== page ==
Japanese society

Always at crossroads – explorational, commercial, operational, even geological – it is impressive that Japan succeeded in forming a robust and independent nation.

Internal demographics, as a result of external forces interminably shaped the Japanese society as it continued forming and developing through lengthy socio-geographical periods of evolvement.

Japanese society is based on the ‘minzoku‘ paradigm, which refers to naturally occurring and mutually reinforced ideologies of race and nation as explanatory factors in social, political and economic relationships.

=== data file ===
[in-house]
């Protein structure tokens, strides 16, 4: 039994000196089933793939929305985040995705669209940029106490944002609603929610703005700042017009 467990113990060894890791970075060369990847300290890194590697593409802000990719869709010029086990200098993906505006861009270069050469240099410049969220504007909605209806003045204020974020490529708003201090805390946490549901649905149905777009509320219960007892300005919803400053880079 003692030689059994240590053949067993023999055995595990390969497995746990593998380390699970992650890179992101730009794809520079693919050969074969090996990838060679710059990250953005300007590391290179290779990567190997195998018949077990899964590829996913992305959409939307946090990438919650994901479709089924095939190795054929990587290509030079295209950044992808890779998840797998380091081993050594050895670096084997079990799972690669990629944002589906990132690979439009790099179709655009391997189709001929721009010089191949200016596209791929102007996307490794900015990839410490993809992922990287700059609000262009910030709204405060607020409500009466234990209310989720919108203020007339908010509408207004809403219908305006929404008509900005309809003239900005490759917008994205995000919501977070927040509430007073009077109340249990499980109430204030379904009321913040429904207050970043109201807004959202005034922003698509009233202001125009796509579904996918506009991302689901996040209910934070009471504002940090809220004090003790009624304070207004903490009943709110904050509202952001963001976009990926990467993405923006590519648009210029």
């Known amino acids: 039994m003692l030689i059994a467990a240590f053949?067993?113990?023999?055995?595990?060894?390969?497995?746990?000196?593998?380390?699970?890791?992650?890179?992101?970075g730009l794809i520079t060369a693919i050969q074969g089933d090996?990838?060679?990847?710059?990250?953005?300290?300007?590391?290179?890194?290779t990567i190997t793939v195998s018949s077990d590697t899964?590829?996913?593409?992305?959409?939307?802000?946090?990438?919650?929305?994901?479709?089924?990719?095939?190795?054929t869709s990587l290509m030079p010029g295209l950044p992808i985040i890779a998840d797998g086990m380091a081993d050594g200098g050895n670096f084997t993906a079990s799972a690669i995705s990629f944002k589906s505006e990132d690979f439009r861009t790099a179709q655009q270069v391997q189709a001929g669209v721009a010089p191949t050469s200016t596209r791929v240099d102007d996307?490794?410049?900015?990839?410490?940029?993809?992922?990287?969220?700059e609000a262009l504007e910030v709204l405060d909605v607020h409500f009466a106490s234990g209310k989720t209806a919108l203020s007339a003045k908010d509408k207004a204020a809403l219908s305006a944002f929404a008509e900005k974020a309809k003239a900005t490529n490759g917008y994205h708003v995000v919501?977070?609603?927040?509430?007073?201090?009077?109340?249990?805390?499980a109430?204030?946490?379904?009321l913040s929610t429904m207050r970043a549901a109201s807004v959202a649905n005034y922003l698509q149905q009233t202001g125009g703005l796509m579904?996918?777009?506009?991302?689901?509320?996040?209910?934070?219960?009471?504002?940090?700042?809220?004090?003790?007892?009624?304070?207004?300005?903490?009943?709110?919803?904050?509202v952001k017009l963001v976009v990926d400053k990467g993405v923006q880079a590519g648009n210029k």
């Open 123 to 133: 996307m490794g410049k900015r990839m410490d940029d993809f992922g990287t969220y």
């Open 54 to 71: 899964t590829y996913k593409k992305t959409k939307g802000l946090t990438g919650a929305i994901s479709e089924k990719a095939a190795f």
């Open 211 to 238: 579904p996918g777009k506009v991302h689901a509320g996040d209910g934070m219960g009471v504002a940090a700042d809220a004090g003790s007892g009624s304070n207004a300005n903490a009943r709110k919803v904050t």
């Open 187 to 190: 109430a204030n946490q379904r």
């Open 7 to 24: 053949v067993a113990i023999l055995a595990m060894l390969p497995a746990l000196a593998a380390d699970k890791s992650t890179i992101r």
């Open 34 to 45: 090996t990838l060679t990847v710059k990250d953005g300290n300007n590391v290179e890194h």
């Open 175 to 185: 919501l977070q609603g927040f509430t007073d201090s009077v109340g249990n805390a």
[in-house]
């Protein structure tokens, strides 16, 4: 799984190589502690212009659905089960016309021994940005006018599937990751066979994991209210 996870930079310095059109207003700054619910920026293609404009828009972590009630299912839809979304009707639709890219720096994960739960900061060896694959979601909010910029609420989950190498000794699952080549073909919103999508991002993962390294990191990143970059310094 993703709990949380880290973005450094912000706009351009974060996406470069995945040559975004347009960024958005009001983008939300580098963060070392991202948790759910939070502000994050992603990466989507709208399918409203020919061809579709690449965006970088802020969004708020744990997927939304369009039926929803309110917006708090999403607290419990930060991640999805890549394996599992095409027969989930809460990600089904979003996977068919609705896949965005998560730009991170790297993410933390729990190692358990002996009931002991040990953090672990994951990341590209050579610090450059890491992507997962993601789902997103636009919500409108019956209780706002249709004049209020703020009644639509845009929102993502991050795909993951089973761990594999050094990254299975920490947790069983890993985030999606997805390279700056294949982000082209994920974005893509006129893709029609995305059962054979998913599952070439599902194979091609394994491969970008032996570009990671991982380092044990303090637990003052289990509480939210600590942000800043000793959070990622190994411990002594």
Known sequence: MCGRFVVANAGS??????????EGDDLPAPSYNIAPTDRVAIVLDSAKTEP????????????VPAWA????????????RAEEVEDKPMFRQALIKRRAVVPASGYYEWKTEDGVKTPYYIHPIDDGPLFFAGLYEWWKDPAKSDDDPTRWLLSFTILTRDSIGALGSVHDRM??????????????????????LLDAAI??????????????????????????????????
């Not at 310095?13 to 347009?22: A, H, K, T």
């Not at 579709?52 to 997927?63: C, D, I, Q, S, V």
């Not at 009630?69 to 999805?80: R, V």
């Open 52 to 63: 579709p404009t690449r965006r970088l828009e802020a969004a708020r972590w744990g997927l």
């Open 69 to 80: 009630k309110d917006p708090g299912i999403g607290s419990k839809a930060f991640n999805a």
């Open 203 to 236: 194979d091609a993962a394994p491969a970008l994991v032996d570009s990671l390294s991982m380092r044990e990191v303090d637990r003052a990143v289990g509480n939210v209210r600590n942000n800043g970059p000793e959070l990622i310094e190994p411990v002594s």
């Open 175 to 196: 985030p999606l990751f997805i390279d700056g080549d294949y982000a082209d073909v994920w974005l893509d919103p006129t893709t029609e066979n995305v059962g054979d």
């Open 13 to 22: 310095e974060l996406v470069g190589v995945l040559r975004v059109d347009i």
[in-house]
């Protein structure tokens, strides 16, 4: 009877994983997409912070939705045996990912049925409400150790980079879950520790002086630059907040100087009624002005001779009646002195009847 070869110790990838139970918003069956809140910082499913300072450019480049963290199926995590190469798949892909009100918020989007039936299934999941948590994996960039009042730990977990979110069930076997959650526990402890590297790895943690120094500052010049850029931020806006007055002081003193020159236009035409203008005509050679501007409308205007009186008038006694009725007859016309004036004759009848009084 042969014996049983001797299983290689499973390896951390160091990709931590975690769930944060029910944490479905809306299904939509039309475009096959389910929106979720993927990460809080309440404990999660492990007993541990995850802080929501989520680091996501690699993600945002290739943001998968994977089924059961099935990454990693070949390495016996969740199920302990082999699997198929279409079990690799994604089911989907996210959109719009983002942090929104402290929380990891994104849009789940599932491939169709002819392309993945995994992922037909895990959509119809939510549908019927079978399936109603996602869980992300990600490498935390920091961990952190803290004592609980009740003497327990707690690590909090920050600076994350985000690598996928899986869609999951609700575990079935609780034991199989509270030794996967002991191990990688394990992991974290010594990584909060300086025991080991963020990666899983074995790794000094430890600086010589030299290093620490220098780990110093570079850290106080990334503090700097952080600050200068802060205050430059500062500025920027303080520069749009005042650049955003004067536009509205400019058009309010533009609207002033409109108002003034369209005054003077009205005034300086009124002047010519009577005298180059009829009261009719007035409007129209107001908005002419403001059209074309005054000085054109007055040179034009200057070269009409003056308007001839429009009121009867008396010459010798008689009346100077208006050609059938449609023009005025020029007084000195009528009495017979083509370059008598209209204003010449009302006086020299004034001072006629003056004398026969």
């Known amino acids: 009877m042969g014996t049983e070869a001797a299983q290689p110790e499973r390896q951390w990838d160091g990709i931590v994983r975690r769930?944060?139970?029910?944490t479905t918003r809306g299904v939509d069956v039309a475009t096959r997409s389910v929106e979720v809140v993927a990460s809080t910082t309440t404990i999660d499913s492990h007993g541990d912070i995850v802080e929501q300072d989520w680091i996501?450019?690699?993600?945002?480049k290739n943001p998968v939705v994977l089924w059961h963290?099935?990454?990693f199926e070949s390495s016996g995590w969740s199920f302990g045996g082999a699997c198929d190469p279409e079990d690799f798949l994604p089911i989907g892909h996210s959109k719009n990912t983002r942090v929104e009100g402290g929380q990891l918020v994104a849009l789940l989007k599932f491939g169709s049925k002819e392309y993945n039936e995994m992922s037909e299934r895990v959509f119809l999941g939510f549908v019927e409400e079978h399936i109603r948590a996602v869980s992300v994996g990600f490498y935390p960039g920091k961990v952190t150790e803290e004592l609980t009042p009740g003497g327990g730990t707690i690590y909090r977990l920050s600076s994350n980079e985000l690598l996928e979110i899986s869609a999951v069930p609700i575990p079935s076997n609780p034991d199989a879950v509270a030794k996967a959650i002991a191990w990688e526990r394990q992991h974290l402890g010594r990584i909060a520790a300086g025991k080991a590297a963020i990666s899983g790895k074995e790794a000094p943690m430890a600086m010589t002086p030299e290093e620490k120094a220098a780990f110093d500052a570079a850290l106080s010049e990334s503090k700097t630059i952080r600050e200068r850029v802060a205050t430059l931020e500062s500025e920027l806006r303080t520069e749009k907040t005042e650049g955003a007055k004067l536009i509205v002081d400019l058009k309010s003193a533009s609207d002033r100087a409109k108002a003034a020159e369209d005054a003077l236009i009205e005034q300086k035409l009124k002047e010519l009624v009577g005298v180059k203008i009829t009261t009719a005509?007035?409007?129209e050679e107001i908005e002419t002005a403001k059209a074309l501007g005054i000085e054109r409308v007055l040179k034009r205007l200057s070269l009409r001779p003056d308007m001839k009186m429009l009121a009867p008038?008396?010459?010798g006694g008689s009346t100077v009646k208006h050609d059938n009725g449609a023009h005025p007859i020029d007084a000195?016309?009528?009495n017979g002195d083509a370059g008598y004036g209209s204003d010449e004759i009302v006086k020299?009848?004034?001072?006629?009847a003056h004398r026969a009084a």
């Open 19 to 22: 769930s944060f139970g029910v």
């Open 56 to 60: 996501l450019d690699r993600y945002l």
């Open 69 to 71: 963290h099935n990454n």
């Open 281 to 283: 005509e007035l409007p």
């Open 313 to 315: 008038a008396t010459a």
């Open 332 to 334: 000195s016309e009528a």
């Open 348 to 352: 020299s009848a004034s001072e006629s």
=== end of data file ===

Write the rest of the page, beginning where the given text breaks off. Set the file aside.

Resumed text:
In Japan, a nationalist ideology with a central motif of the kazoku kokka (family state), was itself the product of a reworking of the concepts of citizen and nation in accordance with myths of common ancestry.

Contemporary Japanese society reflects its historical supremacy – deep-rooted, traditional, progressive, at the same time as it is isolated – theoretically, geographically, commercially.

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